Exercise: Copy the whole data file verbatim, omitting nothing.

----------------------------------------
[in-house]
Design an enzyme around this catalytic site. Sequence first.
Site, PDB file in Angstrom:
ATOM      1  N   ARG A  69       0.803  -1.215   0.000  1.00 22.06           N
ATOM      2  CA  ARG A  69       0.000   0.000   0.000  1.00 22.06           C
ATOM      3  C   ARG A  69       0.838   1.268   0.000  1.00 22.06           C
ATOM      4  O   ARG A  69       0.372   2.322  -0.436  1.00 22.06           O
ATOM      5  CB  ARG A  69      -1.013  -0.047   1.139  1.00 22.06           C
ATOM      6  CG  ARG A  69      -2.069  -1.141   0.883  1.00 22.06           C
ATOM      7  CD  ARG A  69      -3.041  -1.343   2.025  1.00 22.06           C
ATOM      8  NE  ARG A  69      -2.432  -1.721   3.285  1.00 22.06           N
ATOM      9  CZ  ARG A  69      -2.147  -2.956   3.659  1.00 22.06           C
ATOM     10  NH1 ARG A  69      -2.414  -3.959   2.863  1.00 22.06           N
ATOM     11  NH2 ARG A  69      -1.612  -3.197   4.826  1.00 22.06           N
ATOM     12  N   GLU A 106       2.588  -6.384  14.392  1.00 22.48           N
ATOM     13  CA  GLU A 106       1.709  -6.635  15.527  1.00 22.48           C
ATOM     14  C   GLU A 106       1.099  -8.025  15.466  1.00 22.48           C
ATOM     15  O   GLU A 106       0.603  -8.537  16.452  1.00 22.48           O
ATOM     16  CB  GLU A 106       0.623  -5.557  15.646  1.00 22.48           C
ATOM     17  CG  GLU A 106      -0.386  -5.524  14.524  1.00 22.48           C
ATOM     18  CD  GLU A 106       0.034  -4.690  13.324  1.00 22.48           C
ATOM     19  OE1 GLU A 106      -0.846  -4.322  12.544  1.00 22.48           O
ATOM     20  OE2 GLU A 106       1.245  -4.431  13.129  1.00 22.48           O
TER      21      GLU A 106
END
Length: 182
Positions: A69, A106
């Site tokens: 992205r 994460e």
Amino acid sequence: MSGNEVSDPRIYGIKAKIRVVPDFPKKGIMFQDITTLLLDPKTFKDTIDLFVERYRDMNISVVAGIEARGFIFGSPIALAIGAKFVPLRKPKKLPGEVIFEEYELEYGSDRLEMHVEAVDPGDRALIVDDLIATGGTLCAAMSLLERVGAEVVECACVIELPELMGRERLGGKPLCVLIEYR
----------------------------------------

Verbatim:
[in-house]
Design an enzyme around this catalytic site. Sequence first.
Site, PDB file in Angstrom:
ATOM      1  N   ARG A  69       0.803  -1.215   0.000  1.00 22.06           N
ATOM      2  CA  ARG A  69       0.000   0.000   0.000  1.00 22.06           C
ATOM      3  C   ARG A  69       0.838   1.268   0.000  1.00 22.06           C
ATOM      4  O   ARG A  69       0.372   2.322  -0.436  1.00 22.06           O
ATOM      5  CB  ARG A  69      -1.013  -0.047   1.139  1.00 22.06           C
ATOM      6  CG  ARG A  69      -2.069  -1.141   0.883  1.00 22.06           C
ATOM      7  CD  ARG A  69      -3.041  -1.343   2.025  1.00 22.06           C
ATOM      8  NE  ARG A  69      -2.432  -1.721   3.285  1.00 22.06           N
ATOM      9  CZ  ARG A  69      -2.147  -2.956   3.659  1.00 22.06           C
ATOM     10  NH1 ARG A  69      -2.414  -3.959   2.863  1.00 22.06           N
ATOM     11  NH2 ARG A  69      -1.612  -3.197   4.826  1.00 22.06           N
ATOM     12  N   GLU A 106       2.588  -6.384  14.392  1.00 22.48           N
ATOM     13  CA  GLU A 106       1.709  -6.635  15.527  1.00 22.48           C
ATOM     14  C   GLU A 106       1.099  -8.025  15.466  1.00 22.48           C
ATOM     15  O   GLU A 106       0.603  -8.537  16.452  1.00 22.48           O
ATOM     16  CB  GLU A 106       0.623  -5.557  15.646  1.00 22.48           C
ATOM     17  CG  GLU A 106      -0.386  -5.524  14.524  1.00 22.48           C
ATOM     18  CD  GLU A 106       0.034  -4.690  13.324  1.00 22.48           C
ATOM     19  OE1 GLU A 106      -0.846  -4.322  12.544  1.00 22.48           O
ATOM     20  OE2 GLU A 106       1.245  -4.431  13.129  1.00 22.48           O
TER      21      GLU A 106
END
Length: 182
Positions: A69, A106
């Site tokens: 992205r 994460e």
Amino acid sequence: MSGNEVSDPRIYGIKAKIRVVPDFPKKGIMFQDITTLLLDPKTFKDTIDLFVERYRDMNISVVAGIEARGFIFGSPIALAIGAKFVPLRKPKKLPGEVIFEEYELEYGSDRLEMHVEAVDPGDRALIVDDLIATGGTLCAAMSLLERVGAEVVECACVIELPELMGRERLGGKPLCVLIEYR